The search engine feedback loop

Andy has written an entry I’ve been meaning to write for a while now about the information WordPress supplies on web searches through which people have visited his blog.

I find these searches a source of constant interest and check them daily. It’s always interesting to see what brings people to this blog. Naturally, entries I’ve written about currently “hot” topics provide the most search hits. For instance my most popular post so far is about the BT HomeHub and I get a number of search hits daily on this, mostly to do with how to configure it.

As Andy points out in relation to the hits he gets on WebSphere Message Broker, it is interesting to see what the searches are in relation to, and it gives a hint as to what experiences people have with products. As the recent release of data regarding Google searches made through AOL shows, the search engines are in possession of an huge source of information which can be pieced together to produce some amazing insight into people’s lives. Of course this is disturbing, but maybe with the right safeguards the search engines could sell their data on specific keywords within searches to the companies that would be keen to receive feedback on their products and services. The feedback that search engine data can yield on the experience people have with a particular product could be extremely useful in making that product better in the future, and would provide much more honest and representative data than the usual efforts of user experience testing.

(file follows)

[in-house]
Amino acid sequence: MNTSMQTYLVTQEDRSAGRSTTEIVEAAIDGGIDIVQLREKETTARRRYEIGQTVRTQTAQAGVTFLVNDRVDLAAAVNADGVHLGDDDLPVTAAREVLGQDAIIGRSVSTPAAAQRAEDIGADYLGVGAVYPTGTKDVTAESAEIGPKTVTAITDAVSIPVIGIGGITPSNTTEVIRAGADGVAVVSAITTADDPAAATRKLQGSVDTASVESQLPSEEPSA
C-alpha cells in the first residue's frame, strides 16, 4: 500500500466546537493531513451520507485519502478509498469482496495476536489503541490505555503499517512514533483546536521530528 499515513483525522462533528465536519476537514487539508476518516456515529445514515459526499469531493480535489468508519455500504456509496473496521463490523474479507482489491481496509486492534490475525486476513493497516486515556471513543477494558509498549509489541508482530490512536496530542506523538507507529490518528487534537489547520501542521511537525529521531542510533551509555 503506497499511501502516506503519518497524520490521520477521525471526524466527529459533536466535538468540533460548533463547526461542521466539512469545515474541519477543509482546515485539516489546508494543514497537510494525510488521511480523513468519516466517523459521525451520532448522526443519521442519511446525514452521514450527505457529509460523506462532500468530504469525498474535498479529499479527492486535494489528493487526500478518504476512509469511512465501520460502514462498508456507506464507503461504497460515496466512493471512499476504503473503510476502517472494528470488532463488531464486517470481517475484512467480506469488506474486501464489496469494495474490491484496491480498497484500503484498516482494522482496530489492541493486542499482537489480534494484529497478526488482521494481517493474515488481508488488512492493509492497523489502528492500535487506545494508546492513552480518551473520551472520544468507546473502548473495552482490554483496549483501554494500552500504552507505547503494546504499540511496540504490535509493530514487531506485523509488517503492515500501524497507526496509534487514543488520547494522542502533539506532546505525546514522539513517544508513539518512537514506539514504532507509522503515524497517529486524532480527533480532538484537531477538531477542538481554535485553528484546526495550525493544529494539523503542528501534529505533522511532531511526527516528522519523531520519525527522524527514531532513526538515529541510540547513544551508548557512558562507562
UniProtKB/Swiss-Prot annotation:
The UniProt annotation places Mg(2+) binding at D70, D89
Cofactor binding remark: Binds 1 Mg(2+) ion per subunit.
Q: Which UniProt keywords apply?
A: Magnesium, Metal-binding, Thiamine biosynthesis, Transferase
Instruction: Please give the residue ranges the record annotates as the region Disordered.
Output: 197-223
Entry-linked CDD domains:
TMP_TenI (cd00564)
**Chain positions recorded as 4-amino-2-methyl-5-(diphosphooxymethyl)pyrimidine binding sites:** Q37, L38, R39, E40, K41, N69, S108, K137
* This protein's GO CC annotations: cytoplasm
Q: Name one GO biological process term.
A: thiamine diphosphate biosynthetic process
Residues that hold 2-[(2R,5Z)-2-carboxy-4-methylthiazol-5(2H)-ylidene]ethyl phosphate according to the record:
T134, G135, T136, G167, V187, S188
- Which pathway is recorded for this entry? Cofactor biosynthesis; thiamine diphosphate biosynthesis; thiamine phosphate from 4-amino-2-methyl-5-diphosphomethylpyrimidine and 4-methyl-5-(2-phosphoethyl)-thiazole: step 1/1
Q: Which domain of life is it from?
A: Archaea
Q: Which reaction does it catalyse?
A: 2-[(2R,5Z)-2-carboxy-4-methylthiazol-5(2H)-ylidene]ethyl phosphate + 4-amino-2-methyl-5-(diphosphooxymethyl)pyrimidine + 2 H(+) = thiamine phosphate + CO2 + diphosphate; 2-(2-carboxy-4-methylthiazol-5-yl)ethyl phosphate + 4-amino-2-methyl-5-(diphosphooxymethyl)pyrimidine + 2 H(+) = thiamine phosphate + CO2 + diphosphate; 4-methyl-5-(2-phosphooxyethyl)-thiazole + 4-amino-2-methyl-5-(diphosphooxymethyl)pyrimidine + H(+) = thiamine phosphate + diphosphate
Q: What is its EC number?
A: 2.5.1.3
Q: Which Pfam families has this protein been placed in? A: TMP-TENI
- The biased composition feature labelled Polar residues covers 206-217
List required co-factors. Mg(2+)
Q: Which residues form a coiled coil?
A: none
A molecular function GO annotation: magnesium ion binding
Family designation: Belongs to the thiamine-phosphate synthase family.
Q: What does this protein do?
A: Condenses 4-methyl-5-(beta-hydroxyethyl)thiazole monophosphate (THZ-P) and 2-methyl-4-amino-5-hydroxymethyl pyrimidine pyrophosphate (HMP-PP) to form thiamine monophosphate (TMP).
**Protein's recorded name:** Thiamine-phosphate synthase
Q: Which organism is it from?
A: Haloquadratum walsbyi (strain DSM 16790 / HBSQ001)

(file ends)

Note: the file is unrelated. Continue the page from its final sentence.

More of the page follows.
Of course, as a company that doesn’t tend to miss many tricks, I’m sure Google have thought of this one already.

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